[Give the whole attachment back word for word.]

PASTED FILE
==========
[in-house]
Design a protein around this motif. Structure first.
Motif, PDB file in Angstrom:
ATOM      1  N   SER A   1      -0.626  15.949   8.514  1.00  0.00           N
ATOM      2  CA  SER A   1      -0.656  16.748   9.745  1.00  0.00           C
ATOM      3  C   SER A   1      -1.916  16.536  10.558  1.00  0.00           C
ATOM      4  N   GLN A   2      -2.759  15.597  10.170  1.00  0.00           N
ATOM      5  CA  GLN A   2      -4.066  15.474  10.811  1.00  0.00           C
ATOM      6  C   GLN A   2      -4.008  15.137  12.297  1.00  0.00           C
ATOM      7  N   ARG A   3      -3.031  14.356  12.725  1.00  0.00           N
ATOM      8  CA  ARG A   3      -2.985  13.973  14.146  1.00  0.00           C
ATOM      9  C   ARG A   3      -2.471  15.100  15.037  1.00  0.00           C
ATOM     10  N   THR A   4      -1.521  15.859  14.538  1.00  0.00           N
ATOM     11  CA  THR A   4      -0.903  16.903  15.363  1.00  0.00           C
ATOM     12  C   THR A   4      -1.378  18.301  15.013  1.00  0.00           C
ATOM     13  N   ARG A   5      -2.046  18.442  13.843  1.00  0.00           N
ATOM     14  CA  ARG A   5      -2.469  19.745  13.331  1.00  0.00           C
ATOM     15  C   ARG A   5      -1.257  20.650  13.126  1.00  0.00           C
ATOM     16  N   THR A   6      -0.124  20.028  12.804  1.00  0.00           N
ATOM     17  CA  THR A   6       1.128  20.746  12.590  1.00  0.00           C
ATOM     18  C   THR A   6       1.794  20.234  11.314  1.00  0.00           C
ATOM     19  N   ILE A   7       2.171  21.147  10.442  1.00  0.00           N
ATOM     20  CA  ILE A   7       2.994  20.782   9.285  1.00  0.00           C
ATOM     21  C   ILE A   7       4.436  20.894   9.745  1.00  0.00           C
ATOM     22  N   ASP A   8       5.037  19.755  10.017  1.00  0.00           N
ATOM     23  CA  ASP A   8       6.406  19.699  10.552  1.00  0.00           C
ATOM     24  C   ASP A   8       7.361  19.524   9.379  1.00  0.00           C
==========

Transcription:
[in-house]
Design a protein around this motif. Structure first.
Motif, PDB file in Angstrom:
ATOM      1  N   SER A   1      -0.626  15.949   8.514  1.00  0.00           N
ATOM      2  CA  SER A   1      -0.656  16.748   9.745  1.00  0.00           C
ATOM      3  C   SER A   1      -1.916  16.536  10.558  1.00  0.00           C
ATOM      4  N   GLN A   2      -2.759  15.597  10.170  1.00  0.00           N
ATOM      5  CA  GLN A   2      -4.066  15.474  10.811  1.00  0.00           C
ATOM      6  C   GLN A   2      -4.008  15.137  12.297  1.00  0.00           C
ATOM      7  N   ARG A   3      -3.031  14.356  12.725  1.00  0.00           N
ATOM      8  CA  ARG A   3      -2.985  13.973  14.146  1.00  0.00           C
ATOM      9  C   ARG A   3      -2.471  15.100  15.037  1.00  0.00           C
ATOM     10  N   THR A   4      -1.521  15.859  14.538  1.00  0.00           N
ATOM     11  CA  THR A   4      -0.903  16.903  15.363  1.00  0.00           C
ATOM     12  C   THR A   4      -1.378  18.301  15.013  1.00  0.00           C
ATOM     13  N   ARG A   5      -2.046  18.442  13.843  1.00  0.00           N
ATOM     14  CA  ARG A   5      -2.469  19.745  13.331  1.00  0.00           C
ATOM     15  C   ARG A   5      -1.257  20.650  13.126  1.00  0.00           C
ATOM     16  N   THR A   6      -0.124  20.028  12.804  1.00  0.00           N
ATOM     17  CA  THR A   6       1.128  20.746  12.590  1.00  0.00           C
ATOM     18  C   THR A   6       1.794  20.234  11.314  1.00  0.00           C
ATOM     19  N   ILE A   7       2.171  21.147  10.442  1.00  0.00           N
ATOM     20  CA  ILE A   7       2.994  20.782   9.285  1.00  0.00           C
ATOM     21  C   ILE A   7       4.436  20.894   9.745  1.00  0.00           C
ATOM     22  N   ASP A   8       5.037  19.755  10.017  1.00  0.00           N
ATOM     23  CA  ASP A   8       6.406  19.699  10.552  1.00  0.00           C
ATOM     24  C   ASP A   8       7.361  19.524   9.379  1.00  0.00           C